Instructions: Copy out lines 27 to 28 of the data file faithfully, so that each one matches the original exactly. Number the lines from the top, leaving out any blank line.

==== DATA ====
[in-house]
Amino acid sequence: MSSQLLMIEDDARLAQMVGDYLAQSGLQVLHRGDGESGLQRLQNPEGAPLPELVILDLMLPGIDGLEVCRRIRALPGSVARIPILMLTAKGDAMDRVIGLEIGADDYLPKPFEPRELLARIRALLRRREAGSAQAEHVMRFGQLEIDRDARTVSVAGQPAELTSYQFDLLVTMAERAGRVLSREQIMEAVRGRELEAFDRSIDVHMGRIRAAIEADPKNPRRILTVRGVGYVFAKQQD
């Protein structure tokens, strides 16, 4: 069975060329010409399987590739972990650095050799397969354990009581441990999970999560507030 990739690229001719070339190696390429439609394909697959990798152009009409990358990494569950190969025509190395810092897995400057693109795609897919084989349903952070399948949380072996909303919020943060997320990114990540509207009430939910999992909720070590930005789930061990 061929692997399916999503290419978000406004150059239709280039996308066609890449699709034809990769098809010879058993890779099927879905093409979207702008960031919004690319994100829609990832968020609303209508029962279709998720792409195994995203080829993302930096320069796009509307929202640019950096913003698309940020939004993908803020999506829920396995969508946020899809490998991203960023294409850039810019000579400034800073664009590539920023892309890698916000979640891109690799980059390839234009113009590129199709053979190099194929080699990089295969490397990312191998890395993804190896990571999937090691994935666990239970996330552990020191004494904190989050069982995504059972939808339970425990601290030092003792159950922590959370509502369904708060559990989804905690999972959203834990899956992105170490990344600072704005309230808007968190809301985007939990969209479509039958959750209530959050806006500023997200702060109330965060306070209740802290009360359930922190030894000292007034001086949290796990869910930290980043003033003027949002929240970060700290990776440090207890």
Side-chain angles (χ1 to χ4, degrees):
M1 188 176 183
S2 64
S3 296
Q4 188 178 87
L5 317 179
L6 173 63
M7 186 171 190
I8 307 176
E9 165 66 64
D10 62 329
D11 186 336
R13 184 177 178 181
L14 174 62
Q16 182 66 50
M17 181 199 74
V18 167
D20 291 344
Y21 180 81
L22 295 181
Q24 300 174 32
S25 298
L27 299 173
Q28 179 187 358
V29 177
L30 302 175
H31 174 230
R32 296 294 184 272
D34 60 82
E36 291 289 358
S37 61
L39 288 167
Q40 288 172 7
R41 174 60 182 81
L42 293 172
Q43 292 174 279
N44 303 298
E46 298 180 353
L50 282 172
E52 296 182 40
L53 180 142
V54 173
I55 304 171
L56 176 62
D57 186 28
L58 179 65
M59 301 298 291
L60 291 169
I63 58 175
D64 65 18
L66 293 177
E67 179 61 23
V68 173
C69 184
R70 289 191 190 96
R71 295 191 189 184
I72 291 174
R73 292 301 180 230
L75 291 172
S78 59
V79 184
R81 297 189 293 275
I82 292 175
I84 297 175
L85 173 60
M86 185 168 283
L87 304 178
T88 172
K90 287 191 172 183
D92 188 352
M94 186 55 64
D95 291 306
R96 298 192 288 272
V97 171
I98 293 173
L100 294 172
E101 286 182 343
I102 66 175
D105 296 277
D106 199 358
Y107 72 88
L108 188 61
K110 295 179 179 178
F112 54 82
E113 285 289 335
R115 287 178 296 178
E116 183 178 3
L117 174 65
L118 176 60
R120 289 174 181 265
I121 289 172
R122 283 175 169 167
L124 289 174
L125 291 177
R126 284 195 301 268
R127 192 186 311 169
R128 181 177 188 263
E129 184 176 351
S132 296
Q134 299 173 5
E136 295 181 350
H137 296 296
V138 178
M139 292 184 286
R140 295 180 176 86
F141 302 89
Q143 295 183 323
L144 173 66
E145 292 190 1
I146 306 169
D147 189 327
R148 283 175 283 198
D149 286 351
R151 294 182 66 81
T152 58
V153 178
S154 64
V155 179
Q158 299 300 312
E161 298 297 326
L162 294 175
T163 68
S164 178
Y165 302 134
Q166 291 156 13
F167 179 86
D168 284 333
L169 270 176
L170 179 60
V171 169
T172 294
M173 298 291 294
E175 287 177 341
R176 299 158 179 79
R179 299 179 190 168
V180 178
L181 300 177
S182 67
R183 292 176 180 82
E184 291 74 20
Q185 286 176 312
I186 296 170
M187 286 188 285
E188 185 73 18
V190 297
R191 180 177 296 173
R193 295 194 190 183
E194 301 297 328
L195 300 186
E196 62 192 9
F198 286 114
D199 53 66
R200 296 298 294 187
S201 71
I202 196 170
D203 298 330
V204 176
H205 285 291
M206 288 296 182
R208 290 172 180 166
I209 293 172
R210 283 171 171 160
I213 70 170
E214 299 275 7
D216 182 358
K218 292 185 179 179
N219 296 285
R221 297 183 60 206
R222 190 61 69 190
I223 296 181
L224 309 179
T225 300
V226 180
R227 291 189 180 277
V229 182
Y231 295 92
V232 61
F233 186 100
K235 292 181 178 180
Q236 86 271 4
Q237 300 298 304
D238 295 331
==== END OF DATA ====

Q28 179 187 358
V29 177